Epidural Catheterization in General Anesthesia

Lierz, Peter MD; Heinatz, Anja MD; Gustorff, Burkhard MD, DEAA; Felleiter, Peter MD

Anesthesia & Analgesia:
doi: 10.1213/01.ANE.0000077666.77618.82
LETTERS TO THE EDITOR: Letters & Announcements
Author Information

Department of Anaesthesiology, Intensive Care, and Pain Medicine

Marienkrankenhaus Soest

Soest, Germany

Department of Anaesthesia and Intensive Care (B)

University of Vienna

Vienna, Austria

Department of Anesthesiology and Intensive Care

Swiss Paraplegic Center

Nottwil, Switzerland

Article Outline

To the Editor:

Toker et al. (1) describe the case of a defective epidural catheter, through which injection of medication was impossible. However, we would like to draw attention to several points. The authors write that the catheter was inserted following induction of general anesthesia. The patient was a 56-yr-old man undergoing gastrectomy. We noticed the following:

* The epidural catheter was inserted at the level of L4/5 and was advanced 4 cm into the epidural space. We believe this level is not adequate for treating peri- or postoperative pain following gastrectomy. For an epigastric surgical procedure, the catheter should have been placed at a thoracic level (2) to avoid large doses of medication.

* As described in the letter, the epidural catheter was inserted during general anesthesia. We think this fact is especially problematic because of the inability to test whether the catheter has been erroneously placed in the subdural space. Accidental nerve damage can be recognized during insertion of an epidural catheter while the patient is awake. General anesthesia precludes this, since the patient cannot say whether he or she has pain or dysesthesia. General anesthesia also precludes testing the catheter position with a probatory dose. There are multiple publications referring to this problem (3–5). Since in this case the epidural catheter was presumably placed for postoperative pain management, large amounts of local anesthetics or opioids would be necessary to attain adequate thoracic pain control. Such high doses would be problematic if the catheter has been accidentally placed in the subdural space, causing possible spinal anesthesia (following local anesthetics) or respiratory depression (following opioids). When both epidural and general anesthesia are necessary, a probatory dose of a local anesthetic should be given while the patient is still awake, prior to the first analgesic dose, in order to identify accidental subdural placement. Merely aspirating cerebrospinal fluid is not sufficient. If the patient has been under general anesthesia and medication cannot be administered epidurally, the patient may become subjected to an analgesic gap because it is necessary to wait until the patient is vigilant enough to respond verbally to the test dose. During an analgesic gap pain management is inadequate. A study in England revealed that in 60% of the 192 clinics questioned thoracic epidural catheters were placed during general anesthesia (6). Even if it is common in other countries to place a thoracic epidural catheter under general anesthesia, it is not a recommended procedure in Germany (7).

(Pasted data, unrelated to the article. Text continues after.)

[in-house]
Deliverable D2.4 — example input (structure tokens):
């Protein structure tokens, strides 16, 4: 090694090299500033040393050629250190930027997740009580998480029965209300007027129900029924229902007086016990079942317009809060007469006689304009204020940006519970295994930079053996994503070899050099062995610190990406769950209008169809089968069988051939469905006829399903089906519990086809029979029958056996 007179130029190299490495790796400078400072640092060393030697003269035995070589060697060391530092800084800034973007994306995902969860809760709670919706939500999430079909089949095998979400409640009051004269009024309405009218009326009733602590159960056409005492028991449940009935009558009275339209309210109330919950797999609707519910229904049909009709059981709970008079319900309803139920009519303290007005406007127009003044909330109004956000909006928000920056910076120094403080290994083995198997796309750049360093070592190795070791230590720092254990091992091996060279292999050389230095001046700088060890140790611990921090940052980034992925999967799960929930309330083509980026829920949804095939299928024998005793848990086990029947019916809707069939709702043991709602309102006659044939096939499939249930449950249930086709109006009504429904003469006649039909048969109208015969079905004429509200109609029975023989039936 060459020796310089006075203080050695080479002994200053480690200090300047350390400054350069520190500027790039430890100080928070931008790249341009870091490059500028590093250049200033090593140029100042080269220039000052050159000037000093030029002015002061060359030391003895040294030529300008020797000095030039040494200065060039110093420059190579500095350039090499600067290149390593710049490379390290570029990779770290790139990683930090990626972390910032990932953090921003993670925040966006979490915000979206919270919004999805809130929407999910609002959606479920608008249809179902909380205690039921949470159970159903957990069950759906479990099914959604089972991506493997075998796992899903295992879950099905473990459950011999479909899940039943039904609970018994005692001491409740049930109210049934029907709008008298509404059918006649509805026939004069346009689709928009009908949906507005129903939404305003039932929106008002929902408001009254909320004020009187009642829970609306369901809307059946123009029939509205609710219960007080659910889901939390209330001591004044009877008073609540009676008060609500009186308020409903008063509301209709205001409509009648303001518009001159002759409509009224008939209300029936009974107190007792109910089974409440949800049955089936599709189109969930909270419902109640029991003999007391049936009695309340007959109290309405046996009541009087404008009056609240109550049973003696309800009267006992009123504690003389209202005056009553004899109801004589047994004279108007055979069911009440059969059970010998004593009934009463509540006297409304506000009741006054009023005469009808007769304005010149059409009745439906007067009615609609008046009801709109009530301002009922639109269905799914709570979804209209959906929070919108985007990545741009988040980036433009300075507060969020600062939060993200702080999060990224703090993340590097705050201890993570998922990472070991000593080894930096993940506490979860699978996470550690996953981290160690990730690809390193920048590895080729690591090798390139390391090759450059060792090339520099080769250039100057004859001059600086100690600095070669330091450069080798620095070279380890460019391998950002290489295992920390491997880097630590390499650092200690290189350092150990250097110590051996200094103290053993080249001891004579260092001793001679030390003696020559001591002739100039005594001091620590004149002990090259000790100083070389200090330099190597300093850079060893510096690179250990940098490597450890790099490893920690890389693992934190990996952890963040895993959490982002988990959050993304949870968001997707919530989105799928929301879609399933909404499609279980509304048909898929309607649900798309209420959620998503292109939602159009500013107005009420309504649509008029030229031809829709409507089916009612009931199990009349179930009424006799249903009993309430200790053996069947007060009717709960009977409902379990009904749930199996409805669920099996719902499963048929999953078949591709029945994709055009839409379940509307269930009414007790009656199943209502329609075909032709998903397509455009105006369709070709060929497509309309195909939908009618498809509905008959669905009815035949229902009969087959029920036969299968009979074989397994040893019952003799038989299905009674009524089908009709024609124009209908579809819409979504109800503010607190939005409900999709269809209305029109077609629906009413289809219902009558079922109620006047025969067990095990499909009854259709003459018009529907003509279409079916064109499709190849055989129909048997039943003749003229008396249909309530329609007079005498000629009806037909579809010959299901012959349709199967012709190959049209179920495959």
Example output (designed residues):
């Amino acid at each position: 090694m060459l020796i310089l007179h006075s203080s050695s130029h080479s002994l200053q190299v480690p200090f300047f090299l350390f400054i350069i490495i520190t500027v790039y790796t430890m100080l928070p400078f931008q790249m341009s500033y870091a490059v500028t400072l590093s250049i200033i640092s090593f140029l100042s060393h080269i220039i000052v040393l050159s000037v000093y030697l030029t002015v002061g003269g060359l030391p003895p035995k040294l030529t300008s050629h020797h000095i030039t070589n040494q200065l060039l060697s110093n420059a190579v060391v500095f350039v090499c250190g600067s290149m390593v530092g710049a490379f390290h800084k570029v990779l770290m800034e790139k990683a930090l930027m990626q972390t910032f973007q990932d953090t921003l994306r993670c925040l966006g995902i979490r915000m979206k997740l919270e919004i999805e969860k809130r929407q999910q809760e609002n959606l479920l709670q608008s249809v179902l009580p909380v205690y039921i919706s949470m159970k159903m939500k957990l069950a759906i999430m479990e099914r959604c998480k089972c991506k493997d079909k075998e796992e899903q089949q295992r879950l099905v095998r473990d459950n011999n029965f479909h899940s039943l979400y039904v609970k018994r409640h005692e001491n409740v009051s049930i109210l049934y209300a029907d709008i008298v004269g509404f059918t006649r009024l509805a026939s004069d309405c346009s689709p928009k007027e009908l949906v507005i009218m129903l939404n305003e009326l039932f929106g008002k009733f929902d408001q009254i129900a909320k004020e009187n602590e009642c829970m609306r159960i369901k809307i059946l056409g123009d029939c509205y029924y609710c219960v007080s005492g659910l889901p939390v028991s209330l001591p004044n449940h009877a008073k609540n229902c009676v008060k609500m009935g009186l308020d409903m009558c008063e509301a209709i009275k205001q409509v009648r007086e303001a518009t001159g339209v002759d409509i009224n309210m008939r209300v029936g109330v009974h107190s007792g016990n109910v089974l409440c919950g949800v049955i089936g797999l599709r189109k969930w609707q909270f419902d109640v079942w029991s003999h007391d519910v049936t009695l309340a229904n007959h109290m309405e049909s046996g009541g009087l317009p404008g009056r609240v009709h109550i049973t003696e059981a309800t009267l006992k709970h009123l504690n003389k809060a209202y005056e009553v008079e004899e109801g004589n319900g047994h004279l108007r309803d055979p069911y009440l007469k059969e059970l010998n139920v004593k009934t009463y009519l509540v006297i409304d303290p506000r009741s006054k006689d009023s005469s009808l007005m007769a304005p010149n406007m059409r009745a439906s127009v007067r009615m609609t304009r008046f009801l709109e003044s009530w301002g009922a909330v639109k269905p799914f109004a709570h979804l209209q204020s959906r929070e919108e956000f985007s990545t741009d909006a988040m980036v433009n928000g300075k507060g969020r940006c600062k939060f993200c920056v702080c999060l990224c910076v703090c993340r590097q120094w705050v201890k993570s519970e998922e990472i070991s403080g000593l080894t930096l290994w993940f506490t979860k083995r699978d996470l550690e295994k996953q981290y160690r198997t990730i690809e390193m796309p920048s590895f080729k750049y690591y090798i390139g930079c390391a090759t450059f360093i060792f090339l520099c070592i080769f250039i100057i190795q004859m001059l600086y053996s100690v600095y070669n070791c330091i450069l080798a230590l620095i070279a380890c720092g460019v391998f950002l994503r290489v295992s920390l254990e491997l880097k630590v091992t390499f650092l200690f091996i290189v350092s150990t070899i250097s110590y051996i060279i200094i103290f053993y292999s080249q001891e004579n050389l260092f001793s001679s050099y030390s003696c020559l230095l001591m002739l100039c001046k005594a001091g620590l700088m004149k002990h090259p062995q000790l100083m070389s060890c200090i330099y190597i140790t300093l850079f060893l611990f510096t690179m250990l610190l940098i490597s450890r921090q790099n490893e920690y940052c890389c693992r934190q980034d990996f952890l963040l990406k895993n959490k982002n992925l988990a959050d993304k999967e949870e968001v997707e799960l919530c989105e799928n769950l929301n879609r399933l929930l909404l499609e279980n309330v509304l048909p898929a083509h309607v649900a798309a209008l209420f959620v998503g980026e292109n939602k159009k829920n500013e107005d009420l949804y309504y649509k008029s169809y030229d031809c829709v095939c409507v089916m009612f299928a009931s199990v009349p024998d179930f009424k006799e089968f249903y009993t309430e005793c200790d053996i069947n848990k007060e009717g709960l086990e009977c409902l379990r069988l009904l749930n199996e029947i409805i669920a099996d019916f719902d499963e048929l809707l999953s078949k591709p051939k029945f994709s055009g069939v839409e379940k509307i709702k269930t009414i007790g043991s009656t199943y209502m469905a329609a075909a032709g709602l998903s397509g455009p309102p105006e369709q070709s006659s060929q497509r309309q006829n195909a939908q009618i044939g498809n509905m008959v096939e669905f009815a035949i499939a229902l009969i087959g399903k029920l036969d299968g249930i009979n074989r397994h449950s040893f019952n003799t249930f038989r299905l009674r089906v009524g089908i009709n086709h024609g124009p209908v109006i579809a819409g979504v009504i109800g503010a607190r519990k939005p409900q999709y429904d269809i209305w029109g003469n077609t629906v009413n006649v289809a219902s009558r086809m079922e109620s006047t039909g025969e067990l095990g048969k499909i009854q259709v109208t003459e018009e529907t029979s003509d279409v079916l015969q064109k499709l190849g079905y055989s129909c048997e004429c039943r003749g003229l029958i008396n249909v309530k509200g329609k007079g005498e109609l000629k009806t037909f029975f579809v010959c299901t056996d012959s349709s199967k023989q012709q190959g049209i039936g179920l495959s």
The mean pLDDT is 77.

The erroneous catheter placement can often be recognized with a placement prior to induction of general anesthesia, thus preventing complications. In the case described here, it would have also been possible to identify the faulty catheter by administering a test dose before general anesthesia. Then the catheter could have been removed and a new one placed before induction.

Peter Lierz, MD

Anja Heinatz, MD

Burkhard Gustorff, MD, DEAA

Peter Felleiter, MD

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1. Toker K, Gürkan Y, Keser M. A faulty epidural catheter. Anesth Analg 2002; 94: 1371–2.
2. Wajima Z, Shitara T, Ishikawa G, et al. Analgesia after upper abdominal surgery with extradural buprenorphine with lidocaine. Can J Anesth 1998; 45: 28–33.
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7. Wulf H. Epidural catheterisation in general anesthesia? Anaesthesist 1999; 48: 183–4.
© 2003 International Anesthesia Research Society